7 Ways To Spontaneous Creating
One of the paths to artistic alchemy is remaining open to spontaneity when one is creating. In an article written by Jeremy Sutton, artist, author, educator and speaker, he offers seven essential ways to embrace the unexpected, be spontaneous and remain open to what unfolds during the creative process.
The Creativity Attitude! 7 Step Program
By Jeremy Sutton ©2009
- Embrace Every Problem as a Gift
Creativity starts with an inspiration. That inspiration can be an idea you have or a problem you face. Every idea presents a problem as well as an opportunity. Put another way, Inspiration = Problem + Opportunity. The problem, or challenge, is how to manifest and realize the idea. The opportunity is to engage in the process of exploring solutions and to bring something into existence that didn’t exist before. With this perspective you can now embrace every problem and challenge as a gift. Every problem is an opportunity for creativity.
- Lay Out the Red Carpet for the Unexpected
Creativity can be looked at as a process of continual transition and discovery where the end result evolves in an organic way, taking on a life and voice of its own. Creativity welcomes, celebrates and lays out the red carpet for the unexpected. The unexpected will always happen. The only question is how we react to the unexpected. Creativity involves flowing with what is rather than either forcing another solution or giving up. It involves seeing the unexpected as an opportunity rather than a barrier. Treat your journey in creating as a path of continual improvisation. When something happens that you don’t like or expect, see it as an opportunity to make your creation more interesting. The unexpected is a launching point or catalyst for creative growth.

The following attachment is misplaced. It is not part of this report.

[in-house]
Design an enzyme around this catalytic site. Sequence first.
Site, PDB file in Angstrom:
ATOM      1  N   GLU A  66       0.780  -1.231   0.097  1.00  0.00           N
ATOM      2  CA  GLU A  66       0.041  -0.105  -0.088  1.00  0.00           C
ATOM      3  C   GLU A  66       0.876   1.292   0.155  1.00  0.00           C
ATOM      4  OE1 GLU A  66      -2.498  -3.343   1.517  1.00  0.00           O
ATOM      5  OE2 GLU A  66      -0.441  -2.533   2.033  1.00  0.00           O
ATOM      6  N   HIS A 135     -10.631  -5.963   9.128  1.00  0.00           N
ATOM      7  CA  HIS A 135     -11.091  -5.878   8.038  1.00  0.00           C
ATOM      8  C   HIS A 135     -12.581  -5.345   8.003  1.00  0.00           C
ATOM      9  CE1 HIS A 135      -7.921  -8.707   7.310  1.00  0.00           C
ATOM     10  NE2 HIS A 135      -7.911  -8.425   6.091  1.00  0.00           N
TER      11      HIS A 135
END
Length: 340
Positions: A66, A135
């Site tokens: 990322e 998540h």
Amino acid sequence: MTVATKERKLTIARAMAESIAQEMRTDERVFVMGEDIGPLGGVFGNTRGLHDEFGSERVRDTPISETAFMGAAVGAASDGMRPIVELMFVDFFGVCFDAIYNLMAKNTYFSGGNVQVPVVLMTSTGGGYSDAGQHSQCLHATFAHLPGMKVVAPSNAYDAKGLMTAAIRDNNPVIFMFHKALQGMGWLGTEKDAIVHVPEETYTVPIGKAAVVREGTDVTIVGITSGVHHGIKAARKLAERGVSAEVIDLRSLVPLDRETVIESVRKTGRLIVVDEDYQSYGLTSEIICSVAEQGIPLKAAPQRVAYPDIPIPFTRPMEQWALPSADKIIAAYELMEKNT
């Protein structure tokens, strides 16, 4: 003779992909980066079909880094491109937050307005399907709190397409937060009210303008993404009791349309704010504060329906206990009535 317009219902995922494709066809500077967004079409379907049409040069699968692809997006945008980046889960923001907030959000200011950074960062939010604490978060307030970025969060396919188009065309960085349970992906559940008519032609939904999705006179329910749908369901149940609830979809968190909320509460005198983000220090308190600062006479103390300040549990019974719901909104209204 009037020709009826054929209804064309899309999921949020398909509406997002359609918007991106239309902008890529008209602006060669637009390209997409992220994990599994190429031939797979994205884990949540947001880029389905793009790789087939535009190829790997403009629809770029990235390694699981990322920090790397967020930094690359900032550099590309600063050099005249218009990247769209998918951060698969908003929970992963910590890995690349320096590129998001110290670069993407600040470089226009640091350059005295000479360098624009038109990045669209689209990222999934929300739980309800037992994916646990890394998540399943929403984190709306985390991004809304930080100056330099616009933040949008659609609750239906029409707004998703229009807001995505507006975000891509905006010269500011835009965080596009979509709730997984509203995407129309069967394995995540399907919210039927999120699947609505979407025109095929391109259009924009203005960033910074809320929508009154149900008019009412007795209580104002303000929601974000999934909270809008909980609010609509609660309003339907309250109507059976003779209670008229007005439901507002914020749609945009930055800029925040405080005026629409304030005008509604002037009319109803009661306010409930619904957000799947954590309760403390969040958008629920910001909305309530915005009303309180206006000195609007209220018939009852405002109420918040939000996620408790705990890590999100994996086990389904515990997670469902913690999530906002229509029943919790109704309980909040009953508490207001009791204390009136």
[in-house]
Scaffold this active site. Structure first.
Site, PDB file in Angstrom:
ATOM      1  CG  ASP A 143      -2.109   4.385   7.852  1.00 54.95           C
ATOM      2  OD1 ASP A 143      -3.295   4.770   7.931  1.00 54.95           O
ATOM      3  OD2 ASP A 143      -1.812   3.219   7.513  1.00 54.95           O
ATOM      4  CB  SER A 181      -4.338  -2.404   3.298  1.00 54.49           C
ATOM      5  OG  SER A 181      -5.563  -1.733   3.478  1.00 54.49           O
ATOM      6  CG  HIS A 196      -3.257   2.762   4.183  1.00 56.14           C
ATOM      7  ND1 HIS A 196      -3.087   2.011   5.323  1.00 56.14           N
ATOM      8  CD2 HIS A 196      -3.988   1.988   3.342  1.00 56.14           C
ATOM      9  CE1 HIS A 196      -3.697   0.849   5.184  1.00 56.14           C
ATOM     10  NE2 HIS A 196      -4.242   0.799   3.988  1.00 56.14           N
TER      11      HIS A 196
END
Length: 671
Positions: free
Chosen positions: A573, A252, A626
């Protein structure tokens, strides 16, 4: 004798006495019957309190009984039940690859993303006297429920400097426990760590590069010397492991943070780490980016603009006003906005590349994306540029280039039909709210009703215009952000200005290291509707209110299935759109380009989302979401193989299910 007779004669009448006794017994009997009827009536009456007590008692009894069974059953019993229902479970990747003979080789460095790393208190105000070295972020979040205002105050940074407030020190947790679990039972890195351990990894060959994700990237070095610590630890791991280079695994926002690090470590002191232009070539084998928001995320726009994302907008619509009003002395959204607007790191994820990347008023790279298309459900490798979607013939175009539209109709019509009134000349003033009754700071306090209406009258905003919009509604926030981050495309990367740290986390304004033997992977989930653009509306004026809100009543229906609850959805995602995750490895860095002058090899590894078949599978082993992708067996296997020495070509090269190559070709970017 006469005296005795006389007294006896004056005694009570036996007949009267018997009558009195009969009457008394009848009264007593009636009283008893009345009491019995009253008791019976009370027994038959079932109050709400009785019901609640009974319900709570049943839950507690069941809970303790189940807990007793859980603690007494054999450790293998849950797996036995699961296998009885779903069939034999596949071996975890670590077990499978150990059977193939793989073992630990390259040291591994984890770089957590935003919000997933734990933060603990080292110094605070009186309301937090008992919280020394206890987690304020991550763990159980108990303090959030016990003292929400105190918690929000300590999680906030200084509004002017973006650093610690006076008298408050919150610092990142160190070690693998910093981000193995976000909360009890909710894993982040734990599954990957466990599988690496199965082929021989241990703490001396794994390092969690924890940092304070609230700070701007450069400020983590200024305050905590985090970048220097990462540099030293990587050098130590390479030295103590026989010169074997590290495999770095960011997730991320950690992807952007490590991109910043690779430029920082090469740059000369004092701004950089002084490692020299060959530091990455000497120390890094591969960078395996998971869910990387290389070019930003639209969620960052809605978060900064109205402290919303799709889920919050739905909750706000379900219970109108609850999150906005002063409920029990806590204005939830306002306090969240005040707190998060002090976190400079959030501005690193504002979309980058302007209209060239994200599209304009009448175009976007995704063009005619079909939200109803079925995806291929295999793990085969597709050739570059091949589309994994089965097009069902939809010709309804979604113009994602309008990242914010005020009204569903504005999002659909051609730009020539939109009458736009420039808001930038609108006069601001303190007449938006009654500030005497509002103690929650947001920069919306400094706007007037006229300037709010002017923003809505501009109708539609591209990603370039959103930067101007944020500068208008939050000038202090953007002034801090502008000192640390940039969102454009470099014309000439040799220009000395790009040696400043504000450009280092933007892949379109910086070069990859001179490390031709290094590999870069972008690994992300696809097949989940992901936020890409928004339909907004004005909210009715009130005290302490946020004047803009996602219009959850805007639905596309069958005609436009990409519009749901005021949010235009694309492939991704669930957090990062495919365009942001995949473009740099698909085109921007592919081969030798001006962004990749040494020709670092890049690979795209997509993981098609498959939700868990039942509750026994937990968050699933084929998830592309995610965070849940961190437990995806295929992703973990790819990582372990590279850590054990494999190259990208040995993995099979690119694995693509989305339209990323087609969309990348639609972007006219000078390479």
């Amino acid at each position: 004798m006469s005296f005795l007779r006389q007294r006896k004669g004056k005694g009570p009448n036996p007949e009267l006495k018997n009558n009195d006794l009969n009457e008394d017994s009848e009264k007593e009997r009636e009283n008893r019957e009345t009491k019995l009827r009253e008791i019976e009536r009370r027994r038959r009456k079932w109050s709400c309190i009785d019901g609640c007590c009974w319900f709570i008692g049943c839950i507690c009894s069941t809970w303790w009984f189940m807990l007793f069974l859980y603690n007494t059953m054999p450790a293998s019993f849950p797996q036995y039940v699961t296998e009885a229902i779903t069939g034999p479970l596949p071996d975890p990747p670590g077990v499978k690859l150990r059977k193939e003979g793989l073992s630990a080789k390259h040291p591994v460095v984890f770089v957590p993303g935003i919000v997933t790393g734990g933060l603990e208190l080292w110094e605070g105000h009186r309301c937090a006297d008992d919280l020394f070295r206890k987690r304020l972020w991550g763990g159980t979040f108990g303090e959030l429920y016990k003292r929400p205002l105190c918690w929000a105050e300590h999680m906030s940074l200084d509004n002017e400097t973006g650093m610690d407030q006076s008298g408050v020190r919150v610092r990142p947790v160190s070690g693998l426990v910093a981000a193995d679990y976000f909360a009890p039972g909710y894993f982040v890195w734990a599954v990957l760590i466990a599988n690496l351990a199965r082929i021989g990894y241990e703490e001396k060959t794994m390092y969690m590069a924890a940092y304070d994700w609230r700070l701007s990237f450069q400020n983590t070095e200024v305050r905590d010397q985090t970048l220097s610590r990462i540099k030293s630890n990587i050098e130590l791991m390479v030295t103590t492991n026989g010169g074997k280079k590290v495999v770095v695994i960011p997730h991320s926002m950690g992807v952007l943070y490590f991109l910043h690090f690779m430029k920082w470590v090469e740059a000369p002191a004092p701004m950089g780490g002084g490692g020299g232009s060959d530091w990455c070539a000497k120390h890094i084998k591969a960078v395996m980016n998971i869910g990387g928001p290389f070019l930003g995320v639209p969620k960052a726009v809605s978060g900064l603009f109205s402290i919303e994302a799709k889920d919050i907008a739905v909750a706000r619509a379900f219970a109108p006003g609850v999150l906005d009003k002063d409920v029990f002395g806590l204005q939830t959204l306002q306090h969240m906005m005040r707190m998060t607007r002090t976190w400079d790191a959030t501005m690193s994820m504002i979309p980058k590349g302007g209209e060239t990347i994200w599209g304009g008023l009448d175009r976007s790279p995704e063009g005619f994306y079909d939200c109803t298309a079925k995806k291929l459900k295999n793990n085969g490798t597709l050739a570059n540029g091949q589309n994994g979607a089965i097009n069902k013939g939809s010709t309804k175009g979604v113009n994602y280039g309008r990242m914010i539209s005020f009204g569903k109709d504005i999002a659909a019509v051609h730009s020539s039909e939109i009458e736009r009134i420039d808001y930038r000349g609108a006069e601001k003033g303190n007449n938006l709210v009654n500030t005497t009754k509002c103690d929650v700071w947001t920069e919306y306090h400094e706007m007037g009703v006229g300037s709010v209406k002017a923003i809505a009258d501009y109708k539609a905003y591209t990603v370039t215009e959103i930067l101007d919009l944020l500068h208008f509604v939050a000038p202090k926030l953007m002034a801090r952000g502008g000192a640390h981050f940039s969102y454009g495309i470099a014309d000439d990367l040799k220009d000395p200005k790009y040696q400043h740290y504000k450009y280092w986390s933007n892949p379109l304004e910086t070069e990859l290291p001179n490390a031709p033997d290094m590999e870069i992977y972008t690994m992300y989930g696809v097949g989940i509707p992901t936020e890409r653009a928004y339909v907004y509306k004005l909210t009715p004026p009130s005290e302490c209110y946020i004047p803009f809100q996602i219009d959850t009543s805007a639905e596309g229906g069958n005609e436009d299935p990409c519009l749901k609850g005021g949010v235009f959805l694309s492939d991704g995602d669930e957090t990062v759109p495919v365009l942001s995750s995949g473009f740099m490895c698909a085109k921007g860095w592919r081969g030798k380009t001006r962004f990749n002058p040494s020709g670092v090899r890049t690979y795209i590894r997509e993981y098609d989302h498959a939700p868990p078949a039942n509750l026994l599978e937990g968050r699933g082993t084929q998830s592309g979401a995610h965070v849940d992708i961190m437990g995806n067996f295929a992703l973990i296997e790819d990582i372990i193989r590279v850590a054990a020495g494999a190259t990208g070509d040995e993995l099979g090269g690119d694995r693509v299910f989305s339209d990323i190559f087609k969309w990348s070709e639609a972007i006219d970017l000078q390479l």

- Make All the Mistakes You Can
There’s a lot of trial and error in creative process. A lot of : “This doesn’t work, this doesn’t look right, this doesn’t feel right, this isn’t working, ahh, this works!” This echoes the advice attributed to IBM founder Thomas J. Watson, Sr. to “go ahead and make mistakes. Make all you can. Because that’s where you will find success. On the far side of failure.” Legendary sound editor Walter Murch, in his book In the Blink of an Eye, makes the point, in discussing the enormous task of editing the film Apocalypse Now, that the actual rate of cuts per editor per day turned out to be 1.47, a process that takes under 10 seconds. It took Murch a year to edit his sections of the film. If he’d known exactly where he was going at the beginning, he could have just come in for 10 seconds of work each day! His point is that creativity, in this case film sound editing, “is not so much a putting together as it is a discovery of a path”.
Accept that the creative process involves trial and error and frustration. In reality there is no such thing as a mistake in your creative process, simply marks that add to the richness and character of your creation, and which may take you in a new unexpected direction. The Navajo weavers are reputed to purposely create a flaw in their weaving, with the attitude that God is in the imperfections. With that in mind we can take a new look at our mistakes.
- Be a Risk-Taker